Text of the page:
Timothy A. Thomas (S’95-M’98) received the B.S. degree in electrical engineering from the University of Illinois in 1989, the M.S. degree in electrical engineering from the University of Michigan in 1990, and the Ph.D. degree in electrical engineering from Purdue University in 1997. Read more
Sundar Subramanian received his M.S. and PhD degrees from the University of Texas at Austin in Electrical and Computer Engineering. His areas of expertise include scheduling and networking techniques for heterogeneous networks and PHY/MAC algorithms for cellular and mobile communications. Read more
As President, Khurram Sheikh is responsible for leading innovative technology development, fostering strategic industry partnerships, driving key customer engagements and accelerating market adoption of millimeter-wave products and solutions in high-growth consumer, enterprise and infrastructure markets. Read more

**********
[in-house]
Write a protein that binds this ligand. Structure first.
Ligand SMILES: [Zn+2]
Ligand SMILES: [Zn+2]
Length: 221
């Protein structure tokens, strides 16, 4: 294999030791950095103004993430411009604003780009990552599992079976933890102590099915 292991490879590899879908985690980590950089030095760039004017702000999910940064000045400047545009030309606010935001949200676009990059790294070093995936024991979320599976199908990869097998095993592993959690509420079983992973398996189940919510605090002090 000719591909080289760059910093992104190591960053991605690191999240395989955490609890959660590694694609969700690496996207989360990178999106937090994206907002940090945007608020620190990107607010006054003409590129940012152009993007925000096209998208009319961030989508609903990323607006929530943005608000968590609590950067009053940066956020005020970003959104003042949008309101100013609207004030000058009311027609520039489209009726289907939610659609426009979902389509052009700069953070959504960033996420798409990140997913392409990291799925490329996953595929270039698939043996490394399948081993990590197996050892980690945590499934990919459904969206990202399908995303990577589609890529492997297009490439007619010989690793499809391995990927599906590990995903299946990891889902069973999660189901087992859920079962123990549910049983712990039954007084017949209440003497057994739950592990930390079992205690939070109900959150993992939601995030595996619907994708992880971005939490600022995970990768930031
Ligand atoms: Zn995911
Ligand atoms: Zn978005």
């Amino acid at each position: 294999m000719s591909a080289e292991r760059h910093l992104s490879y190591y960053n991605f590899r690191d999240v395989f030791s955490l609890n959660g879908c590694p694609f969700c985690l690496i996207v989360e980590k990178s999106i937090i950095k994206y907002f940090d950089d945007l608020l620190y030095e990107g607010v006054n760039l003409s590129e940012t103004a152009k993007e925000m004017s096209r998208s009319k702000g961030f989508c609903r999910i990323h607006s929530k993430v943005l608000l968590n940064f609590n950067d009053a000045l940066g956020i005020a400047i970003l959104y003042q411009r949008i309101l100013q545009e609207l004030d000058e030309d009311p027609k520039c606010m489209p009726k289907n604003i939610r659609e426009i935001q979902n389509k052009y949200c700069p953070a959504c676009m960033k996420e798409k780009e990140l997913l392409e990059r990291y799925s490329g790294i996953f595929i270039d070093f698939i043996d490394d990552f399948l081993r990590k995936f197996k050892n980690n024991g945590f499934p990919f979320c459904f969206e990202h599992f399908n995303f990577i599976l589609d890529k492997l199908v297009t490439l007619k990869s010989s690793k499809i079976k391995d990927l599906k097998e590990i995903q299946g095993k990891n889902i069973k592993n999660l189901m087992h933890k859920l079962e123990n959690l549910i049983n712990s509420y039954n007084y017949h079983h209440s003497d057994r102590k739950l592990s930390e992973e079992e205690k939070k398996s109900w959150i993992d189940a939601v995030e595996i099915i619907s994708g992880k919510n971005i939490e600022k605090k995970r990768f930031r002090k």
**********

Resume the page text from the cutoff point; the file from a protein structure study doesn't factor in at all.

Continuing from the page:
Mikael Höök received his M.Sc. Degree in Electronic Engineering from the Royal Institute of Technology in Stockholm. He has 19 years of experience in the areas of research and standardization of wireless technologies. Read more
Thomas Haustein received his the Dr.-Ing. (Ph.D.) degree in mobile communications from the Technische Universität Berlin, Germany, in 2006. In 1997, he joined the Fraunhofer Heinrich Hertz Institute, Berlin, where he worked on wireless infrared systems and radio communications with multiple antennas and orthogonal frequency division multiplexing. Read more